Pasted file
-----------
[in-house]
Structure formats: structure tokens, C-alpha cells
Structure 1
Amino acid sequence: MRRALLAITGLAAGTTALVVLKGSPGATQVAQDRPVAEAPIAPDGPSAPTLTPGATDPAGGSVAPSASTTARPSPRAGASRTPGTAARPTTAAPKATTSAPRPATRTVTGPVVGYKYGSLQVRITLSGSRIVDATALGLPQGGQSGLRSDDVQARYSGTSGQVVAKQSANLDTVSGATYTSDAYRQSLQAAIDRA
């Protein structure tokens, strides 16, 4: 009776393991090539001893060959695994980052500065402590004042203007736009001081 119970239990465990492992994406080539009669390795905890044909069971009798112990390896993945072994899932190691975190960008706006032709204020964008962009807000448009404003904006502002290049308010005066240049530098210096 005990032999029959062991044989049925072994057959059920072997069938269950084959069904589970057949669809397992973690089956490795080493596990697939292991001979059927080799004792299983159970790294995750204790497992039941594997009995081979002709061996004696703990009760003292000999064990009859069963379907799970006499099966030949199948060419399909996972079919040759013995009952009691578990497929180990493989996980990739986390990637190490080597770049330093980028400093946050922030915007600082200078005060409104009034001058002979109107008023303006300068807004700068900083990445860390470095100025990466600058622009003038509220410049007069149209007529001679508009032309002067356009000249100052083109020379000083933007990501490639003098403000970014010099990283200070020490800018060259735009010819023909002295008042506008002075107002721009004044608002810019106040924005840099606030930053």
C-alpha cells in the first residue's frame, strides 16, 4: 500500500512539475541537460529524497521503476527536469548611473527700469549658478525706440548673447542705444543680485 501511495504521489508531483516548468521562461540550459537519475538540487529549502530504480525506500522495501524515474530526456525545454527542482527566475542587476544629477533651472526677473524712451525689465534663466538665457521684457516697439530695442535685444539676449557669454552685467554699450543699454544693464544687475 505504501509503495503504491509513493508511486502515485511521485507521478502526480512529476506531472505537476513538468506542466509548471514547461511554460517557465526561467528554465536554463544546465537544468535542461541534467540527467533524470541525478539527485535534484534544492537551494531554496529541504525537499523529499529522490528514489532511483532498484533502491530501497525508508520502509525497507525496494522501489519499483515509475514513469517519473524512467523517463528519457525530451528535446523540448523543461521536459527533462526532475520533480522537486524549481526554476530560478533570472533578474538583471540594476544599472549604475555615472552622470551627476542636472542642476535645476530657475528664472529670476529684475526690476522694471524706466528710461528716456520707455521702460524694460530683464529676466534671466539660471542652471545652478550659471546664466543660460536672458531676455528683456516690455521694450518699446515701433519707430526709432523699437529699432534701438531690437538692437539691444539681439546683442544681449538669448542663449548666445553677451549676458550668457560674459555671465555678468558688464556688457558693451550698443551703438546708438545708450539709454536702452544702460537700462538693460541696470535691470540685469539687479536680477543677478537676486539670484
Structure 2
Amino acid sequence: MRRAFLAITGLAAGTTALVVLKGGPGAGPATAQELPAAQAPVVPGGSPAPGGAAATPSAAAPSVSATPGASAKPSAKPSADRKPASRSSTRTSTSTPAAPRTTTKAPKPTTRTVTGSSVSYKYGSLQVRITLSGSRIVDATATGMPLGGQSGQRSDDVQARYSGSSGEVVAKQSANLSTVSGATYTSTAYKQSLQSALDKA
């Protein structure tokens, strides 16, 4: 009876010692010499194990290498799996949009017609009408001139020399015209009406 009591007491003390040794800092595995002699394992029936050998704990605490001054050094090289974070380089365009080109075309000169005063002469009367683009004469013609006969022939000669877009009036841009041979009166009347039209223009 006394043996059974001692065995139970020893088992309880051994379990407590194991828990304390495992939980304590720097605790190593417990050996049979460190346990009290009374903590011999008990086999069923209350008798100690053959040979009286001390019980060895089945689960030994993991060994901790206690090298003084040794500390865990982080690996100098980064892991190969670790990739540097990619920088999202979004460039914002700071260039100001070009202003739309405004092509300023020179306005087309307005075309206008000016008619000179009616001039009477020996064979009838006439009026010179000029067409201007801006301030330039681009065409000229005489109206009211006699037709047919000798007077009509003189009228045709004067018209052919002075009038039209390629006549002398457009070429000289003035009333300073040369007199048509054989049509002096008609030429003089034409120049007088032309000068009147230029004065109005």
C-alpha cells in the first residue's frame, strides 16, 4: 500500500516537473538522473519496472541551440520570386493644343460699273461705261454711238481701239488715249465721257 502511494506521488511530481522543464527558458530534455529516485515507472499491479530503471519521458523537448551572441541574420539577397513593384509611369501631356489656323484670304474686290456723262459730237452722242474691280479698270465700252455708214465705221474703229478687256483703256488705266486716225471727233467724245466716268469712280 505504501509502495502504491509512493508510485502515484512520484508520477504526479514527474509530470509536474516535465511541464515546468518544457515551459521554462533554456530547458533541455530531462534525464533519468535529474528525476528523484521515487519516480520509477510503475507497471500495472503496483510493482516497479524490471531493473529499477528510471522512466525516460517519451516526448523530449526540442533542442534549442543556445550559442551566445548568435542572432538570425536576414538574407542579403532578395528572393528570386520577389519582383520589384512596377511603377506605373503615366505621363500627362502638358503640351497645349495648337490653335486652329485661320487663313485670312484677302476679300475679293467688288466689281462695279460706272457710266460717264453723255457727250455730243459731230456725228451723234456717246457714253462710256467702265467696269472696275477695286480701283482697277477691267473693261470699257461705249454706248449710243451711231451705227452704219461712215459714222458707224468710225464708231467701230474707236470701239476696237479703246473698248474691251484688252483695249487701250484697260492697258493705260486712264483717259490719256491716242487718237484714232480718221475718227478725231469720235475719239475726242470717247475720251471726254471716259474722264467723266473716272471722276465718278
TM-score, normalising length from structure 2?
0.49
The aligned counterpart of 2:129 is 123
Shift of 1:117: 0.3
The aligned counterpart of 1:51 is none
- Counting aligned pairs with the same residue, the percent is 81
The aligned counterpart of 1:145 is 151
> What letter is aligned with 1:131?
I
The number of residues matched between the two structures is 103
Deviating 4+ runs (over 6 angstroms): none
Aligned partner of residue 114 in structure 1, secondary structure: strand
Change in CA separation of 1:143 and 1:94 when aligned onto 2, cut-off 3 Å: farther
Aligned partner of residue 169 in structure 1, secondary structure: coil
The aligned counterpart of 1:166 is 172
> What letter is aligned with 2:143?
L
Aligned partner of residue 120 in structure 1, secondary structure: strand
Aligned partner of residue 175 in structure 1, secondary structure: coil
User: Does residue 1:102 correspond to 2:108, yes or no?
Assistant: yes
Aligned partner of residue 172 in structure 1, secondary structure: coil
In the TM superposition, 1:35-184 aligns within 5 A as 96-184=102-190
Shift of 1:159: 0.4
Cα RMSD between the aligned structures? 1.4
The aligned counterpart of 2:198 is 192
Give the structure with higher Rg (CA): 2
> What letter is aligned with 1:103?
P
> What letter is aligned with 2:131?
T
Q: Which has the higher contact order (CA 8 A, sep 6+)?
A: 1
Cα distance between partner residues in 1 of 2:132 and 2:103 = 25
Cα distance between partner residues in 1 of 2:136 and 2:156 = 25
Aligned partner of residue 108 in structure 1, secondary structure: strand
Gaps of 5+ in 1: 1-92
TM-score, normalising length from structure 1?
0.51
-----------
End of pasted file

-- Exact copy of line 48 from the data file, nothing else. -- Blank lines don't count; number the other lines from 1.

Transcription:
TM-score, normalising length from structure 1?